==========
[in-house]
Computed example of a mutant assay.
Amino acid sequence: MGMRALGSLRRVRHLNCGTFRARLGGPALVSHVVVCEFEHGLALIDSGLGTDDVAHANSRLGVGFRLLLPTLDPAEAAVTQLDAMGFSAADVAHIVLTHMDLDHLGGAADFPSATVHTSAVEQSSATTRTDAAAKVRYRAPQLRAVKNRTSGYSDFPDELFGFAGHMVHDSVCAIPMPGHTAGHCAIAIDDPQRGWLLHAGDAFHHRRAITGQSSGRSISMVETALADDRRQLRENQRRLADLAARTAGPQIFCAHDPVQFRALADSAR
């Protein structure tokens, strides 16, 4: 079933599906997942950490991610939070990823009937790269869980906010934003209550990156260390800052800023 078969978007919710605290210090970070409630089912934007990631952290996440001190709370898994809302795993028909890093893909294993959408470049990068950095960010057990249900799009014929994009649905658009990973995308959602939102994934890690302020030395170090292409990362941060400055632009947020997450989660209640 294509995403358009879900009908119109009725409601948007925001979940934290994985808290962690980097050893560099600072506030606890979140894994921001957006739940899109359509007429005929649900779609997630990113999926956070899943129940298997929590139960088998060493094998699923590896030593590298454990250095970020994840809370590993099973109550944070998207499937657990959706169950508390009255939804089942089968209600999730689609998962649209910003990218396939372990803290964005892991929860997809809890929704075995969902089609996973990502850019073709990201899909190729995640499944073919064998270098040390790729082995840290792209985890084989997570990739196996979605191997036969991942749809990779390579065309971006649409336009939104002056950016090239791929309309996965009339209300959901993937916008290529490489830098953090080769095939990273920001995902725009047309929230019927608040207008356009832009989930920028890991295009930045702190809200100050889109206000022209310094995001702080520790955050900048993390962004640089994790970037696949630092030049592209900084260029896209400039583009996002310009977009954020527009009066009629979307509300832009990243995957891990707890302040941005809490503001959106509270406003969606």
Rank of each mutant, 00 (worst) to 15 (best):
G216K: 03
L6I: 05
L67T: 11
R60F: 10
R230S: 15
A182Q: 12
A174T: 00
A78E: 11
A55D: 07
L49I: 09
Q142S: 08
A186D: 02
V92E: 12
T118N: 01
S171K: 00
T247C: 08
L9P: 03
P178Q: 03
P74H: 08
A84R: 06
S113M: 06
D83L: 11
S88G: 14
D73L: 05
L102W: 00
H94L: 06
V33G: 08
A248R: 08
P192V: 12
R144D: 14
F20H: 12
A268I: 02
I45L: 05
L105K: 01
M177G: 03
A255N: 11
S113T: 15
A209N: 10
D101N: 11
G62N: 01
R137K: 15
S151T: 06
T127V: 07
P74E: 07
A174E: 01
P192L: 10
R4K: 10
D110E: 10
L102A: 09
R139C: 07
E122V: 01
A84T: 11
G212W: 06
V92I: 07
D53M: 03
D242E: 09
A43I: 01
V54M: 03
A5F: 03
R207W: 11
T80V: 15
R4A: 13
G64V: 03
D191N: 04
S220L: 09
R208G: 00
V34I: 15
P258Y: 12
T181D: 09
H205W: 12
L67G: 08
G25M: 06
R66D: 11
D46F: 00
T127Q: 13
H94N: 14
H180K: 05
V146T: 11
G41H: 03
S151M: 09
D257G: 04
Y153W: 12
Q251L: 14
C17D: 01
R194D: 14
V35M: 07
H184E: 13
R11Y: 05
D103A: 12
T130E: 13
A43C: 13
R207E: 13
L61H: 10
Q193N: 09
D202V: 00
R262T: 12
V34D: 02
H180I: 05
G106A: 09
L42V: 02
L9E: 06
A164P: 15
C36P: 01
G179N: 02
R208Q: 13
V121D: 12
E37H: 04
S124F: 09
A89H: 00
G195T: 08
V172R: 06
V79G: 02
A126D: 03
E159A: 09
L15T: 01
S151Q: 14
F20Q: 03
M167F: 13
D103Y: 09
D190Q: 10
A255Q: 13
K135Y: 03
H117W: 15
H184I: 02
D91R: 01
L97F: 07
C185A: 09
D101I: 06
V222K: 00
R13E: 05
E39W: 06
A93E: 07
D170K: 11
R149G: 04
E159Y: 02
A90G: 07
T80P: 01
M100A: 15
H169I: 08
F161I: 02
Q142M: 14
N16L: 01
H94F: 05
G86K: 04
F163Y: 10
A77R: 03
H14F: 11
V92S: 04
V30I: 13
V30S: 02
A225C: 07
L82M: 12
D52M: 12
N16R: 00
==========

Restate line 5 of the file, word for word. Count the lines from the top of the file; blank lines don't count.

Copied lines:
Rank of each mutant, 00 (worst) to 15 (best):